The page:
Two years ago, I was thrilled that three of the six women on our roundtable were black: Oprah Winfrey, Lupita Nyong’o and Octavia Spencer. I thought, perhaps naively, that this represented a sea-change in the film business, and hoped it was catching up with the tectonic shifts that industries all across America have had to make to reflect this country’s diversity. But I was wrong. Stephen Galloway, in The Hollywood Reporter: Why Every Actress on The Hollywood Reporter Roundtable Cover Is White
“You have lost your mind,” telegraphed Adolph Zukor, founder of Paramount Pictures. “Stop filming and return to Los Angeles at once.” DeMille refused. “I cannot and will not make pictures with a yardstick,” he wired back to the studio. “What do they want me to do?” he was rumored to have said, according to Higashi. “Stop now and release it as The Five Commandments?” Excavating the "City of the Pharoah," the biggest set ever built for a Hollywood film in the 1920s. [more inside]
"In order to recover a bit from a recent feeling of exhaustion, I spent a significant amount of this past weekend diligently sitting on my ass, in front of the television. On Saturday night, I popped in my copy of Woody Allen’s 'Manhattan,' which, among other things, is as stunningly designed a movie as I’ve ever seen. This is largely thanks to the work of Gordon Willis, a master cinematographer who, apart from his incredible work on this film, was also responsible for photographing an alarmingly high share of my favorite movies of all time: 'The Godfather,' 'The Godfather Part II,' 'All the President’s Men,' and 'The Parallax View,' among others." [more inside]
Over 150 recipes from the early run of TBS' Dinner and a Movie, including "Peter Pancakes with Lost Boys-enberry Syrup" (originally paired with a presentation of Hook), "Two Hot Peppers on the Lamb" (Thelma and Louise), and "Jane S'mores" (Somewhere in Time).
ESPN uses the "30 for 30" series to tackle the most important sporting event of the Cold War. [more inside]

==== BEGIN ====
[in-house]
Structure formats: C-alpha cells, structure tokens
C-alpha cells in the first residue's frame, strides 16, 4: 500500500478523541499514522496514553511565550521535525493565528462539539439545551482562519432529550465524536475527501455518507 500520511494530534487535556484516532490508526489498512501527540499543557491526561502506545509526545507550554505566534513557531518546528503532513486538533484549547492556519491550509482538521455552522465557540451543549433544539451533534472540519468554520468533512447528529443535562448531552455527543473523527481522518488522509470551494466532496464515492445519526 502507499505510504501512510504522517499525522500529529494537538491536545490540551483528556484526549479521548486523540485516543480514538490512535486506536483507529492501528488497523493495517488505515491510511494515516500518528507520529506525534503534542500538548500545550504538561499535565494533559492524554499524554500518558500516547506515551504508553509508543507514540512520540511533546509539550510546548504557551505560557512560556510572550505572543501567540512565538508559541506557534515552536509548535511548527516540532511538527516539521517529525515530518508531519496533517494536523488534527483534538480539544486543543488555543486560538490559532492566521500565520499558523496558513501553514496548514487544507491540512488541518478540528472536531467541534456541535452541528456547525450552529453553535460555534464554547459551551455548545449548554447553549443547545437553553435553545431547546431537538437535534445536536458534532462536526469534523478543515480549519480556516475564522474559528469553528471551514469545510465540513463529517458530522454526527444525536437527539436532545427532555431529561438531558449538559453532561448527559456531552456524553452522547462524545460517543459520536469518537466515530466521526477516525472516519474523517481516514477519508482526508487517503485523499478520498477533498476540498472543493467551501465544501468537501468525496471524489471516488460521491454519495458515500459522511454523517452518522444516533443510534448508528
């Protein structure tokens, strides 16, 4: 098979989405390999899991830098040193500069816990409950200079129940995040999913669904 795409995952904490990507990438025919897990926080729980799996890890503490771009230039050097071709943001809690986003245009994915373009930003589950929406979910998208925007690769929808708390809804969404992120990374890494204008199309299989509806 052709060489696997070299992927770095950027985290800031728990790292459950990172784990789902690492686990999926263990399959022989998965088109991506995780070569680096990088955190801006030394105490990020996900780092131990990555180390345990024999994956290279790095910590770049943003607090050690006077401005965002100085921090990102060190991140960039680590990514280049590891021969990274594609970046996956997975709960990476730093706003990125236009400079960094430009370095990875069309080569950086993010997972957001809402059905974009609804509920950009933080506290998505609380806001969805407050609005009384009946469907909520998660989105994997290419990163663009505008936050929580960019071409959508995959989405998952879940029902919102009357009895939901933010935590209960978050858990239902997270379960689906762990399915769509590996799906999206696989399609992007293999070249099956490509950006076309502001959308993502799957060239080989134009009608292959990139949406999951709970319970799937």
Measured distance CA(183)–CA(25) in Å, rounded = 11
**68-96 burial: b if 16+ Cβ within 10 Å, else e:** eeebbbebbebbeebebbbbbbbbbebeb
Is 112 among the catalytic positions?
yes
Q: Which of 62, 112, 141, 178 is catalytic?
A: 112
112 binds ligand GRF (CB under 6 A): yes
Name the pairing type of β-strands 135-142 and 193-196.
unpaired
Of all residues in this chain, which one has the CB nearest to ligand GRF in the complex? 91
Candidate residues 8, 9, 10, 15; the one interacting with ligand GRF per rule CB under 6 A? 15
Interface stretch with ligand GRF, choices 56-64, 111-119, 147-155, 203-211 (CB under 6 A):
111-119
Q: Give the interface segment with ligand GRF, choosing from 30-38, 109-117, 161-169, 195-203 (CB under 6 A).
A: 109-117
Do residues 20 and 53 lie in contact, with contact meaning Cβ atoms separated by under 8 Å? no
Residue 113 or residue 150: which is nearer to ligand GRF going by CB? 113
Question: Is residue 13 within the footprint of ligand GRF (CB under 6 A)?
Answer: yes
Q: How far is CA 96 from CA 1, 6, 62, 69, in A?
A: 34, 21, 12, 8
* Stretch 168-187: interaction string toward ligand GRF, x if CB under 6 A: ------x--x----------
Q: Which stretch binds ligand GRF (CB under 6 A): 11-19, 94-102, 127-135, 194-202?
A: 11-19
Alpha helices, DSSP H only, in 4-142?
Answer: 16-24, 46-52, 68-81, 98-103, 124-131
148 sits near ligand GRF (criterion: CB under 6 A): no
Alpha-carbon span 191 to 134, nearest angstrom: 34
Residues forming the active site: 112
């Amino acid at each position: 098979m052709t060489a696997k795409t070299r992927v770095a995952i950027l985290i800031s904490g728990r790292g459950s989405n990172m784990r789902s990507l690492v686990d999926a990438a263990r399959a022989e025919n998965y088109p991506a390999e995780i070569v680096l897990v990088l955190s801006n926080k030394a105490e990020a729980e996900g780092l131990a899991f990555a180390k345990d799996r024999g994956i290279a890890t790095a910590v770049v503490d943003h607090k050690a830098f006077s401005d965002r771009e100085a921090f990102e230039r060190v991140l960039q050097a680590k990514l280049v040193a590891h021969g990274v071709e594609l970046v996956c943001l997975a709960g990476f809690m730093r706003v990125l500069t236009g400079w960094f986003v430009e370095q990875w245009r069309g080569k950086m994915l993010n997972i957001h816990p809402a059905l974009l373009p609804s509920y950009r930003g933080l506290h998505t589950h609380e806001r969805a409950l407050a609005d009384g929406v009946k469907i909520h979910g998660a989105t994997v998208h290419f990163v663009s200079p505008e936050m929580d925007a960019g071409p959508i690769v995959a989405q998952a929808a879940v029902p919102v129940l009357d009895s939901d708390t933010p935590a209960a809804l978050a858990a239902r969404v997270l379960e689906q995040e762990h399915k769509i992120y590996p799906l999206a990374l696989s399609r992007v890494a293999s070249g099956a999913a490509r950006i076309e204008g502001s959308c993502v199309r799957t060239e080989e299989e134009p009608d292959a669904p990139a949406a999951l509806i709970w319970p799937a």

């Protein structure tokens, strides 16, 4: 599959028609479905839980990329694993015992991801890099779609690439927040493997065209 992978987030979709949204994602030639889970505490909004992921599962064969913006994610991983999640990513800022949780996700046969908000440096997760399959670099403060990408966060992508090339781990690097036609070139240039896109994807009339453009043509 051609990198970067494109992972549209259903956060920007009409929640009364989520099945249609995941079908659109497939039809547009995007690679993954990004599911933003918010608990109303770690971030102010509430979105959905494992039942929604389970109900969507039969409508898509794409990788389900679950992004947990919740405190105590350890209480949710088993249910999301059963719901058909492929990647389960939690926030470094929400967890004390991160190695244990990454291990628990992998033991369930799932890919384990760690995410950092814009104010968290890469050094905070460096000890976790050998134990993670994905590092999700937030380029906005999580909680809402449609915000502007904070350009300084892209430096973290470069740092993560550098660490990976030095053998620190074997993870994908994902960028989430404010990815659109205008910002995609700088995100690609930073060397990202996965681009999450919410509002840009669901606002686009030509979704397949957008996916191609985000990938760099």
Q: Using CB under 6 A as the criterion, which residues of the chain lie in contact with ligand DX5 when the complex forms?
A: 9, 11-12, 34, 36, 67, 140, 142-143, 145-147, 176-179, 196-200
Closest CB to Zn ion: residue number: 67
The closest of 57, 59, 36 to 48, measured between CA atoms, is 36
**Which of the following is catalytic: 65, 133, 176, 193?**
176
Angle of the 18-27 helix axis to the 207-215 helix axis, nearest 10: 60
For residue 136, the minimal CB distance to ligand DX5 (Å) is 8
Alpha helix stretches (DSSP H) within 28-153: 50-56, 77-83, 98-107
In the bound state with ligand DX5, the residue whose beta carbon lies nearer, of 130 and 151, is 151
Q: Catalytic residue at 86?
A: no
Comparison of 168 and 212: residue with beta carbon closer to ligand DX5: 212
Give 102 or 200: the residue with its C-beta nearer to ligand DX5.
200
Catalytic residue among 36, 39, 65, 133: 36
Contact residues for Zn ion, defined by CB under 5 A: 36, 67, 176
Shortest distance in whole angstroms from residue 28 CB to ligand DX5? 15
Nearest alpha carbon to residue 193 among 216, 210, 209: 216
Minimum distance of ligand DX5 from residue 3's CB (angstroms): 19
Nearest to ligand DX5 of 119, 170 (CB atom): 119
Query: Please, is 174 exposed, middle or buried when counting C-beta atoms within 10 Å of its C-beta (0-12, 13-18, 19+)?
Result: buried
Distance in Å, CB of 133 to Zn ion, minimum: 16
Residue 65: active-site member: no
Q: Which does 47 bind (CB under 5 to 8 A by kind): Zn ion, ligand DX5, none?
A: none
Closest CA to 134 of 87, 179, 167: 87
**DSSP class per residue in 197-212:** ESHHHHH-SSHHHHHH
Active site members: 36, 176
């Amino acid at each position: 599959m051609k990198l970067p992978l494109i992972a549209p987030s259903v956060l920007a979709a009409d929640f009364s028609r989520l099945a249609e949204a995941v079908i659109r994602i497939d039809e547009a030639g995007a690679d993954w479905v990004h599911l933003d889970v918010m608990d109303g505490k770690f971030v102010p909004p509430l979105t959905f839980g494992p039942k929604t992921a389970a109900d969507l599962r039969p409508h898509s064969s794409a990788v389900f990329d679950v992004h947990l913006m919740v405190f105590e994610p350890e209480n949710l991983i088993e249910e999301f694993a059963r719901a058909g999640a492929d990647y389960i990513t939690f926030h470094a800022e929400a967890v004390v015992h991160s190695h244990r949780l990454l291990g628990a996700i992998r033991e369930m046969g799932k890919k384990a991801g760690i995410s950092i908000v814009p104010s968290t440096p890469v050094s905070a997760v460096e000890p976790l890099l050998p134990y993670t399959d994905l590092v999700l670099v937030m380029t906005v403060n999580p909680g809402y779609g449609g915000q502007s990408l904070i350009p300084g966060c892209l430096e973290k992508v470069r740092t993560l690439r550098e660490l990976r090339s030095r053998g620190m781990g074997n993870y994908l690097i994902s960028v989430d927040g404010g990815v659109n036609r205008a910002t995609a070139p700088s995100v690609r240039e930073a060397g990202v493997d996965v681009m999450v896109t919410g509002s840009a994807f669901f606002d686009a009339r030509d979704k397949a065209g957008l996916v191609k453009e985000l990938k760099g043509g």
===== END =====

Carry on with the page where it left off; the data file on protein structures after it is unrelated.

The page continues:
The Writers Guild of America has released their list of The 101 Funniest Screenplays.
Holy Cow, Home Alone Is 25! Remember Winnetka’s most famous big-screen family, the McCallisters—especially the resourceful son who got left behind? An oral history of one of the most beloved Christmas comedies ever made.
You know, a little known fact about the Greeks is that they invented The Sequel. So, in the finest tradition of their ancestors, the Portokalos family will be returning to the big screen in My Big Fat Greek Wedding 2, this coming March. [more inside]
Visitors are invited to join Shia LaBeouf in person as he watches all his movies consecutively in reverse chronological order over the next three days, 24 hours a day.
Even though I’ve sold out Madison Square Garden as a standup comedian and have appeared in several films and a TV series, when my phone rings, the roles I’m offered are often defined by ethnicity and often require accents. ~ Aziz Ansari on Acting, Race and Hollywood [SLNYT]
The greatest trick the prop ever pulled was convincing the world it didn't exist. A look at the hidden power of film props and how filmmakers use the everyday (and not so everyday) objects in their scenes to enhance cinematic storytelling. [slVimeo]
The girl in the closet. The doomed nurse. The cave creature. Just a few of the best jump cuts in horror movie history.
Forgotten Silver tells the story of pioneering filmmaker Colin McKenzie. This legendary New Zealander created the worlds first colour film and first talking film. He created the first tracking shot and captured footage of a pre-Wright brothers flight. This "documentary" made by Peter Jackson & Costa Botes caused a furore in New Zealand when it was released 20 years ago today. Watch the first 10 Minutes for free. Rent or buy here. [more inside]
Philip French iconic Film Reviewer for the Observer (Sunday Guardian) has died aged 82.
On his retirement after 50 years as a critic The Wrap asked him some questions and here is an interview and some of his work.
On his retirement after 50 years as a critic The Wrap asked him some questions and here is an interview and some of his work.
Atlas Obscura (?!) presents an inventory of cinematic worms by size, smallest to largest (SLYT)
That Thing: A True Story Based on The Exorcist (Adam Sturtevant, Electric Literature)
"On the shores of Payette Lake are crates full of beavers, part of a shipment to be dropped in the primitive area by parachute from an airplane." A clip from Fur for the Future, a recently rediscovered documentary from 1948 about Idaho Fish and Game parachuting beavers into the state's backcountry.